The definition of "matching" is a little different than the other algorithms. A character in string 1 matches a character in string 2 if the character is the same and the respective positions of the characters aren't too far apart. Specifically, the characters can't be more than `floor(max(length(s1), length(s2)) / 2) - 1` spaces apart from each other.

Once you have a list of matching characters, remove the non-matching ones from each string and compare the two new strings. If the two new strings aren't the same, then you have transpositions. The number of characters that are out of order (divided by 2) are the number of transpositions.

To get the Jaro score, apply this formula: `1/3 * (m / length(s1) + m / length(s2) + (m - t) / m)`, where:
• m is the number of matching characters
• s1 is the first string
• s2 is the second string
• t is the number of transpositions

For example, let's consider "Martha" and "Marhta". All of the letters match, but there is a transposition: T -> H. So:
• m = 6
• length(s1) = 6
• length(s2) = 6
• t = 1

The Jaro score is: `1/3 * (6 / 6 + 6 / 6 + 5 / 6) = 0.944`

To find the Jaro-Winkler score, we first need to find the number of matching characters at the beginning. In this example, we have 3. Then apply the formula: `jaro_score + (l * p * (1 - jaro_score))`, where:
• l is the length of the common prefix at the start of the string up to a maximum of 4
• p is the constant scaling factor (usually 0.1 and not more than 0.25)

In our example, the Jaro-Winkler score is: `0.944 + (3 * 0.1 * (1 - 0.944)) = 0.9608`

References:
• Winkler, William E. “String Comparator Metrics and Enhanced Decision Rules in the Fellegi-Sunter Model of Record Linkage.” (1990).

## Phonetic algorithms

Phonetic algorithms are a way to convert words into codes based on how the words sound. Below is a list of a few algorithms to do this.

### Soundex

Soundex is a phonetic algorithm used by the US census to file last names together. The Soundex code is always a letter (the first letter of the name) followed by 3 numbers.

To get the Soundex code, first take the first letter of the last name to begin the code. Then, disregarding the letters A, E, I, O, U, H, W, and Y, get the matching code for the first 3 remaining letters by using this table:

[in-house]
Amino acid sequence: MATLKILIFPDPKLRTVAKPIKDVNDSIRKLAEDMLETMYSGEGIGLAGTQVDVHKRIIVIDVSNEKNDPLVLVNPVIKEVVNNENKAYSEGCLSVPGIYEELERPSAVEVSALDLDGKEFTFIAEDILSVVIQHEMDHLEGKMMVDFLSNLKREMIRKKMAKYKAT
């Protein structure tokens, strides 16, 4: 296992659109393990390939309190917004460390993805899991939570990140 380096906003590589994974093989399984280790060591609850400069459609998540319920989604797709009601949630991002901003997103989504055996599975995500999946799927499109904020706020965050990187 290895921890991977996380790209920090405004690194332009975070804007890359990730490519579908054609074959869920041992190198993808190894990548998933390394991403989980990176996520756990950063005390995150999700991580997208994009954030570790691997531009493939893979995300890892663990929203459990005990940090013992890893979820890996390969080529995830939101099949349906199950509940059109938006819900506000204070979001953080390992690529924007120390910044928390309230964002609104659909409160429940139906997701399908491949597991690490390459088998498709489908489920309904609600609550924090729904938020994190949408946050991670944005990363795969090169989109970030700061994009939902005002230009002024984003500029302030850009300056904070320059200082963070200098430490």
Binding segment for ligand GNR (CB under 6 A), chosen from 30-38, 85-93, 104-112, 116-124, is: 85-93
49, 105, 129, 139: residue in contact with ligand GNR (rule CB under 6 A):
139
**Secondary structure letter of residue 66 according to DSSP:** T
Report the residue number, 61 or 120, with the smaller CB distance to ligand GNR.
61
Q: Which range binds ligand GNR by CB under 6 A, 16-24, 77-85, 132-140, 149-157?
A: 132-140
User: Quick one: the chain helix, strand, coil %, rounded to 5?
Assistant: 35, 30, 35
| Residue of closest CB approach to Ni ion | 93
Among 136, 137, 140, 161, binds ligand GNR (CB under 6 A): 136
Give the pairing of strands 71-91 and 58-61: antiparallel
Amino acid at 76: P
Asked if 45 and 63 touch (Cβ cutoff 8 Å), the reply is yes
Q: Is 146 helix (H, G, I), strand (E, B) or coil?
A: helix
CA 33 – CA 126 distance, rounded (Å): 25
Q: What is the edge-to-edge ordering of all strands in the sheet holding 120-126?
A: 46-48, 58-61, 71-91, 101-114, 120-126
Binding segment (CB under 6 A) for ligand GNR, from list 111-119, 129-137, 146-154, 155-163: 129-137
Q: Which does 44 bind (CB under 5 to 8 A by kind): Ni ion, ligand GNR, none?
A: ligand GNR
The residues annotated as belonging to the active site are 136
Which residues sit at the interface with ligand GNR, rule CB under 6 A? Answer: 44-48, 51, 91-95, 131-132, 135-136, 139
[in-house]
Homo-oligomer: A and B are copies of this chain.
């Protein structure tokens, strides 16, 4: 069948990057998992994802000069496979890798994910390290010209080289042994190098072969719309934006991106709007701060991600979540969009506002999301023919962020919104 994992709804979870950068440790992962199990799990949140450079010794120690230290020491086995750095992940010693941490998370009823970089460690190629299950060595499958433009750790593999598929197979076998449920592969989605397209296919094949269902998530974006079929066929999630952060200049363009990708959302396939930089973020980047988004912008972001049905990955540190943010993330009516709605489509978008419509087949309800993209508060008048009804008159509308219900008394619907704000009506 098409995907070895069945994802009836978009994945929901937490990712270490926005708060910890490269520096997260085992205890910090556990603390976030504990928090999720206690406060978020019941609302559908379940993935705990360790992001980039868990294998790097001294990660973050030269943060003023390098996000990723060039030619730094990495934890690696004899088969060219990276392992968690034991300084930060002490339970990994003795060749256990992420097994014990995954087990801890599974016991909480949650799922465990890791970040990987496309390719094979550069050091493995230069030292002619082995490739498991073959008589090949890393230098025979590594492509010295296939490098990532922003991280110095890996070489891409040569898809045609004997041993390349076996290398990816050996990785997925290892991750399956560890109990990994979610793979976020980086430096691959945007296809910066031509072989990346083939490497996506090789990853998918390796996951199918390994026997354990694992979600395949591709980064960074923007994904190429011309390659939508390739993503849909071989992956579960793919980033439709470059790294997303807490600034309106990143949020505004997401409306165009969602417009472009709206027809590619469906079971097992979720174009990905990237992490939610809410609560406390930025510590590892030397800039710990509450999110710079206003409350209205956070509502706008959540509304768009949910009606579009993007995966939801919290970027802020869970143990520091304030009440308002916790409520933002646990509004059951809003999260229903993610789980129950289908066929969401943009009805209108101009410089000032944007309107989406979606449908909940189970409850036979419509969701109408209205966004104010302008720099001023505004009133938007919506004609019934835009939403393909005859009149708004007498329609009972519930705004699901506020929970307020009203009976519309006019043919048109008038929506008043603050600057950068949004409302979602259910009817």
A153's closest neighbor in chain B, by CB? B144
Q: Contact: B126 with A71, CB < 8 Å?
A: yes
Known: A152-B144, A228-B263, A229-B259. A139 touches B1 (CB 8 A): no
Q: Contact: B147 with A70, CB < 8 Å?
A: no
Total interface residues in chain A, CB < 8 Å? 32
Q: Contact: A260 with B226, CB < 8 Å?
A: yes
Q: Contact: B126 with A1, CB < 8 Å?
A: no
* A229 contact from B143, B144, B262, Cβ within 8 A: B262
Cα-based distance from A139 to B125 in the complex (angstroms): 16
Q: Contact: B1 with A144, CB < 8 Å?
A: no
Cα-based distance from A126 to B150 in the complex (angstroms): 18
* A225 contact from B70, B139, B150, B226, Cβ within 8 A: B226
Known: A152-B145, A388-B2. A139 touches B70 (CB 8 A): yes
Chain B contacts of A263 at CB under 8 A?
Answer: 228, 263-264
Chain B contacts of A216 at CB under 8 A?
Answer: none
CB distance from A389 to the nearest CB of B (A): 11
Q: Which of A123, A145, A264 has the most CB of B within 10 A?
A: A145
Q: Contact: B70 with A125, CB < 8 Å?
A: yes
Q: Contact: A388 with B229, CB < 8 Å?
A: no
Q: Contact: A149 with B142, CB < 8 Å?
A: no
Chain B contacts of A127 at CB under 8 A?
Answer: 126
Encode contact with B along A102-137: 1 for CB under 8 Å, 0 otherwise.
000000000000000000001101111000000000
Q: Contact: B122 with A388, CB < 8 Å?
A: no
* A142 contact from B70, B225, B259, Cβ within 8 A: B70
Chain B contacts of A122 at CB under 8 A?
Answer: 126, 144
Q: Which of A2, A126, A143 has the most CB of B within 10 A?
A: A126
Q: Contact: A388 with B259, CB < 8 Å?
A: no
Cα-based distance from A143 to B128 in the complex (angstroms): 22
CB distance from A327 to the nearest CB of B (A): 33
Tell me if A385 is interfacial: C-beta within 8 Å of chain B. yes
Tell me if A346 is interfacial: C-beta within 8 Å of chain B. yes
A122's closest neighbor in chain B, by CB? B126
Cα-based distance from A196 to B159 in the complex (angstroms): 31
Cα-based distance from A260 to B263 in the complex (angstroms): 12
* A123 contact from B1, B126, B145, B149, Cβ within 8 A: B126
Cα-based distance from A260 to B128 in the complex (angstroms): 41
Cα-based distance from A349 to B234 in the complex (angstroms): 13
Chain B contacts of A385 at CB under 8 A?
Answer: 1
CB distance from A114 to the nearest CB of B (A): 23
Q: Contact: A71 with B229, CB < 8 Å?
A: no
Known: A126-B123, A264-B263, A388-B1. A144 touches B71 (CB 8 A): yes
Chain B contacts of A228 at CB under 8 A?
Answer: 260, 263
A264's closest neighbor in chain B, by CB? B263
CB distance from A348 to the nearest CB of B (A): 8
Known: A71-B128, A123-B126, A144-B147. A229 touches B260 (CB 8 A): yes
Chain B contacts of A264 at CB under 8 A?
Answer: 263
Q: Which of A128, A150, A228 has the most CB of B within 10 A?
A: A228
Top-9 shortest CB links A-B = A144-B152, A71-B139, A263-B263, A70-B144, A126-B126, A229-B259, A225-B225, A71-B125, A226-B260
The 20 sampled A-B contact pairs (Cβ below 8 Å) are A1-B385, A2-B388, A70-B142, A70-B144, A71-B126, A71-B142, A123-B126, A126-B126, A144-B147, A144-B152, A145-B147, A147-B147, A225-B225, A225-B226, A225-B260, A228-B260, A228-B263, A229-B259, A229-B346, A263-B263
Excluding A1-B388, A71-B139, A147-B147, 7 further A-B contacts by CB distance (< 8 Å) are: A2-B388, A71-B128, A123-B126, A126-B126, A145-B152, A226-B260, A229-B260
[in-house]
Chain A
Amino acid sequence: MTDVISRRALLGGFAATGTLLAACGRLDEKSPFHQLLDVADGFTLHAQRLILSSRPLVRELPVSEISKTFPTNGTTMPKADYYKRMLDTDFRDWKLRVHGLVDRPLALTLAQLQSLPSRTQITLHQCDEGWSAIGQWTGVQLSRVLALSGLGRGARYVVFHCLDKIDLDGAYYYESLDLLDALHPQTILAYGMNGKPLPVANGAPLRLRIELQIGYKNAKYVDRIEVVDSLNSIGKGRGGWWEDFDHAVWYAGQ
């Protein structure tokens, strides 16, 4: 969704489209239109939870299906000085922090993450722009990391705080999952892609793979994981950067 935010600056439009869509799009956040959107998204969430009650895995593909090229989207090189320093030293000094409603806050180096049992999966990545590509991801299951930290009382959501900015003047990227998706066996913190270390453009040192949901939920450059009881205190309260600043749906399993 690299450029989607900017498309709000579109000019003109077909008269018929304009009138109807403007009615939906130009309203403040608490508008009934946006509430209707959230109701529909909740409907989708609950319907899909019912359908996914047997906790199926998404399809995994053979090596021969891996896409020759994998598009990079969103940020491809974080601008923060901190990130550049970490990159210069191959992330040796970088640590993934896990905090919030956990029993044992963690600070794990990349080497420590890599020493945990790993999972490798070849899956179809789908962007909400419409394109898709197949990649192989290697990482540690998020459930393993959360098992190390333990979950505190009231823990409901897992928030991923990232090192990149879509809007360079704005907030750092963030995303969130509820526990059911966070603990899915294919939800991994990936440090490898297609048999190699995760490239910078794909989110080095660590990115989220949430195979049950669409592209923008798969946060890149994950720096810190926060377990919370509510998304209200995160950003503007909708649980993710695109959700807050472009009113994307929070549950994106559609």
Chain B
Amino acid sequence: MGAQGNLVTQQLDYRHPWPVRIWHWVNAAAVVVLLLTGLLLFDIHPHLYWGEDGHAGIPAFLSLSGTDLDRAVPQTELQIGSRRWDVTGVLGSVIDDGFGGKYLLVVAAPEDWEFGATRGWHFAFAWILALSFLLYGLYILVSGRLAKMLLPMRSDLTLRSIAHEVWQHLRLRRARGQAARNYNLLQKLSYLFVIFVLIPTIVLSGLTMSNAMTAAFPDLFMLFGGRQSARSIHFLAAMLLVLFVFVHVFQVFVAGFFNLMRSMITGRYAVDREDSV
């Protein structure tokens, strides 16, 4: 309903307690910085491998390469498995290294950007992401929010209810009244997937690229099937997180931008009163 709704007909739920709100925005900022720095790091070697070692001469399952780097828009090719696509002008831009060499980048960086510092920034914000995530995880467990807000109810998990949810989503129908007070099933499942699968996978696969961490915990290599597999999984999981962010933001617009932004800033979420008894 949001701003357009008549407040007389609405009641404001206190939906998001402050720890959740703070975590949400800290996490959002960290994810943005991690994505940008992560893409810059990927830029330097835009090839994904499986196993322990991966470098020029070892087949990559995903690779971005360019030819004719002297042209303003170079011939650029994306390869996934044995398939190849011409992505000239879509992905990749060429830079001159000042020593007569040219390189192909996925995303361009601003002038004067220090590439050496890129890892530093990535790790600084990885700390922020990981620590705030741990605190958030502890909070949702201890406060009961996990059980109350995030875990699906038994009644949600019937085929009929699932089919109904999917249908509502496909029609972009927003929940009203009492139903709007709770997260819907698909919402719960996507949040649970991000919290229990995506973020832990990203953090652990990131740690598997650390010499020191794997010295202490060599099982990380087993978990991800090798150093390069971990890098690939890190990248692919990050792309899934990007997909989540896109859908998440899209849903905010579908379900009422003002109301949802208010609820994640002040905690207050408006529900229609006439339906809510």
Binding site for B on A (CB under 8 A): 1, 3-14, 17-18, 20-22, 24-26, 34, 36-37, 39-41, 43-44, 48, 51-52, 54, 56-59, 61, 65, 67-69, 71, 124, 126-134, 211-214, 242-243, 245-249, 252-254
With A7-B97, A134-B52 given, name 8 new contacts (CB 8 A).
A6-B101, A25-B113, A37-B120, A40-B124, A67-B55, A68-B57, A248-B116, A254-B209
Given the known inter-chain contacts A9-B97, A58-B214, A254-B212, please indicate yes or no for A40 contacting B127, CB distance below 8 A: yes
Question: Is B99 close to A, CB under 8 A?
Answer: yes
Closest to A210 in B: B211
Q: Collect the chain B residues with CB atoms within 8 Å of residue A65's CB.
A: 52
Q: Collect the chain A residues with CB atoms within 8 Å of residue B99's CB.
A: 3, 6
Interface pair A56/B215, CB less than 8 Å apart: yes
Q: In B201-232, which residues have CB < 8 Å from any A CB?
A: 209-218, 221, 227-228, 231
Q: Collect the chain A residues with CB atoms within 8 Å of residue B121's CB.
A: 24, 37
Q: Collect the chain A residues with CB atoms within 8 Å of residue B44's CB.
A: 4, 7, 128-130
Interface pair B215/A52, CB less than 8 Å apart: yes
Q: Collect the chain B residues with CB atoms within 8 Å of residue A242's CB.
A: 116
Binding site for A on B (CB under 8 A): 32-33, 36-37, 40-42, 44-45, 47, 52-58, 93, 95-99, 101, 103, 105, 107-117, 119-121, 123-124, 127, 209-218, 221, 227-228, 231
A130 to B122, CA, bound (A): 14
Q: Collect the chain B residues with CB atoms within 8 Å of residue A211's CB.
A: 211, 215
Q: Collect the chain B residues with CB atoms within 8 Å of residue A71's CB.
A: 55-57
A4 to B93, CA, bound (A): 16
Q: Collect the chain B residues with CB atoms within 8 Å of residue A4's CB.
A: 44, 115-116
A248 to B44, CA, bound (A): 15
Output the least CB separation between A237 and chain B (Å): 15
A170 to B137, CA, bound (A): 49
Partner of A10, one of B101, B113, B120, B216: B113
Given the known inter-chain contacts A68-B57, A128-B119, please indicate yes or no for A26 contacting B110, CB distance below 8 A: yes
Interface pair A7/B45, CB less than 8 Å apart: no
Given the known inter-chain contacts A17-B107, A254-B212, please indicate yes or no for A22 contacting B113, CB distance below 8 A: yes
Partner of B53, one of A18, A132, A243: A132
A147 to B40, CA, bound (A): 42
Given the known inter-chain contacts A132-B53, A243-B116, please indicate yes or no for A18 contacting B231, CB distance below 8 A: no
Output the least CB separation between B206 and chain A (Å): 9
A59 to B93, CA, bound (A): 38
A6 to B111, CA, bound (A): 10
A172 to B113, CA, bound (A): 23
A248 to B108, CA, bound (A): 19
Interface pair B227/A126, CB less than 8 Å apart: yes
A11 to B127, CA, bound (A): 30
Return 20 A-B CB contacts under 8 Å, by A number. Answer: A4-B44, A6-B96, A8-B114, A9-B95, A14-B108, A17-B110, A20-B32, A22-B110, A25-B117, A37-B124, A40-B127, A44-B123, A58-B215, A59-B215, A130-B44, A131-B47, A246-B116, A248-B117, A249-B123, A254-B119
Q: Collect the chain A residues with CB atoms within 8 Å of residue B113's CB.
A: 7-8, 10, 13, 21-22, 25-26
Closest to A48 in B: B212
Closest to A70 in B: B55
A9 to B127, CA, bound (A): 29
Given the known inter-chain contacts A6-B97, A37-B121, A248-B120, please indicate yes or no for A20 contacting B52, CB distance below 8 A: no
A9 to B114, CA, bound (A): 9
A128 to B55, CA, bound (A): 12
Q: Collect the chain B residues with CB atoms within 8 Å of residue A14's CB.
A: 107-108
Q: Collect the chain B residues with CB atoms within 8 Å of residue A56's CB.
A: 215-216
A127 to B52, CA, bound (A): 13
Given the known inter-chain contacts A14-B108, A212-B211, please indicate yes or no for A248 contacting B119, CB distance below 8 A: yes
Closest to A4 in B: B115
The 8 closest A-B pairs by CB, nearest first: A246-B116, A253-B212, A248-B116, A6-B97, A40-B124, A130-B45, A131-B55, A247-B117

Number Represents the Letters
1 B, F, P, V
2 C, G, J, K, Q, S, X, Z
3 D, T
4 L
5 M, N
6 R

If there aren't 3 letters left to code, just add zeros until you have 3 numbers.

For example, the last name Anderson would have a code of: A-536. The letters "s" and "n" are ignored.

There are a few special rules.
1. Double letters are considered as a single letter
2. Adjacent letters with the same code are treated as a single letter
3. The following name prefixes cause a name to have two Soundex codes (one with the prefix and one without): Van, Con, De, Di, La, and Le

References:

### Metaphone

Metaphone is an algorithm created by Lawrence Philips. It works not only with names, but with other words as well. There are 3 forms of the metaphone algorithm: Metaphone, Double Metaphone, and Metaphone 3. Each subsequent form improves on the previous form.

Double Metaphone is available freely, but Metaphone 3 is a commercial product.

References:

### New York State Identification and Intelligence System (NYSIIS)

The NYSIIS code algorithm was developed in 1970. It's similar to the Soundex algorith, except the resulting code is pronounceable.

Algorithm:
1. Translate first characters of name: MAC → MCC, KN → N, K → C, PH, PF → FF, SCH → SSS
2. Translate last characters of name: EE → Y, IE → Y, DT, RT, RD, NT, ND → D
3. First character of key = first character of name.
4. Translate remaining characters by following rules, incrementing by one character each time:
1. EV → AF else A, E, I, O, U → A
2. Q → G, Z → S, M → N
3. KN → N else K → C
4. SCH → SSS, PH → FF
5. H → If previous or next is non-vowel, previous.
6. W → If previous is vowel, A.
7. Add current to key if current is not same as the last key character.
5. If last character is S, remove it.
6. If last characters are AY, replace with Y.
7. If last character is A, remove it.
8. Append translated key to value from step 3 (removed first character)
9. If longer than 6 characters, truncate to first 6 characters. (only needed for true NYSIIS, some versions use the full key)

References:
• Taft, Robert L. Name Search Techniques. 1. Bureau of Systems Development, New York State Identification and Intelligence System, 1970.

-- JeremyStephens - 28 Feb 2013
Topic revision: r4 - 14 Mar 2013, JeremyStephens